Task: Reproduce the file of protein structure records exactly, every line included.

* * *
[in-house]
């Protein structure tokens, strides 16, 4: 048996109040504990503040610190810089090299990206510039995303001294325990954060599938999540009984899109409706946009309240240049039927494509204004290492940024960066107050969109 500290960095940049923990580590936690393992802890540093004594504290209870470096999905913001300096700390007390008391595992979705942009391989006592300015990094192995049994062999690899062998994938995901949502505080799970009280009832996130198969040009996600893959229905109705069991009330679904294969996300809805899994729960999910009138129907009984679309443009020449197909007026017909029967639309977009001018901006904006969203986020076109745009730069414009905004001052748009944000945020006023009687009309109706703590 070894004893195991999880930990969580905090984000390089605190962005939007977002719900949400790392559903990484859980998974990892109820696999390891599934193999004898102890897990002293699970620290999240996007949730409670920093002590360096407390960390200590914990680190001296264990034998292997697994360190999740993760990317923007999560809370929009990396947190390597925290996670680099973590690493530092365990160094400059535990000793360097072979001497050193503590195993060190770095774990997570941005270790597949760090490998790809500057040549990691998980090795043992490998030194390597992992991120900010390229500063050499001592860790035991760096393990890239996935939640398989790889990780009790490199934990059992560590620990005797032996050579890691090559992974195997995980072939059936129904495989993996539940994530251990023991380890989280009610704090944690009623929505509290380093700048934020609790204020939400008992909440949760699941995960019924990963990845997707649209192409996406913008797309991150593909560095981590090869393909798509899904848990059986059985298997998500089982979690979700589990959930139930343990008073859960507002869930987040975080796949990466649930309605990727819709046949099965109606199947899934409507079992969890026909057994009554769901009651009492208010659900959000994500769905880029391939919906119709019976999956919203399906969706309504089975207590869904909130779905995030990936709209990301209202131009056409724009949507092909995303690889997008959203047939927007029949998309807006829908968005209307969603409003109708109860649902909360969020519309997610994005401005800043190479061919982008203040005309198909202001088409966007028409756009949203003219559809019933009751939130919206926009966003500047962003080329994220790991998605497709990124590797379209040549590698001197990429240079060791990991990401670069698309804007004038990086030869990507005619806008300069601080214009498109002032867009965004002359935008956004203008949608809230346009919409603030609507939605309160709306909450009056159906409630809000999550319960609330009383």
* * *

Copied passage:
[in-house]
């Protein structure tokens, strides 16, 4: 048996109040504990503040610190810089090299990206510039995303001294325990954060599938999540009984899109409706946009309240240049039927494509204004290492940024960066107050969109 500290960095940049923990580590936690393992802890540093004594504290209870470096999905913001300096700390007390008391595992979705942009391989006592300015990094192995049994062999690899062998994938995901949502505080799970009280009832996130198969040009996600893959229905109705069991009330679904294969996300809805899994729960999910009138129907009984679309443009020449197909007026017909029967639309977009001018901006904006969203986020076109745009730069414009905004001052748009944000945020006023009687009309109706703590 070894004893195991999880930990969580905090984000390089605190962005939007977002719900949400790392559903990484859980998974990892109820696999390891599934193999004898102890897990002293699970620290999240996007949730409670920093002590360096407390960390200590914990680190001296264990034998292997697994360190999740993760990317923007999560809370929009990396947190390597925290996670680099973590690493530092365990160094400059535990000793360097072979001497050193503590195993060190770095774990997570941005270790597949760090490998790809500057040549990691998980090795043992490998030194390597992992991120900010390229500063050499001592860790035991760096393990890239996935939640398989790889990780009790490199934990059992560590620990005797032996050579890691090559992974195997995980072939059936129904495989993996539940994530251990023991380890989280009610704090944690009623929505509290380093700048934020609790204020939400008992909440949760699941995960019924990963990845997707649209192409996406913008797309991150593909560095981590090869393909798509899904848990059986059985298997998500089982979690979700589990959930139930343990008073859960507002869930987040975080796949990466649930309605990727819709046949099965109606199947899934409507079992969890026909057994009554769901009651009492208010659900959000994500769905880029391939919906119709019976999956919203399906969706309504089975207590869904909130779905995030990936709209990301209202131009056409724009949507092909995303690889997008959203047939927007029949998309807006829908968005209307969603409003109708109860649902909360969020519309997610994005401005800043190479061919982008203040005309198909202001088409966007028409756009949203003219559809019933009751939130919206926009966003500047962003080329994220790991998605497709990124590797379209040549590698001197990429240079060791990991990401670069698309804007004038990086030869990507005619806008300069601080214009498109002032867009965004002359935008956004203008949608809230346009919409603030609507939605309160709306909450009056159906409630809000999550319960609330009383």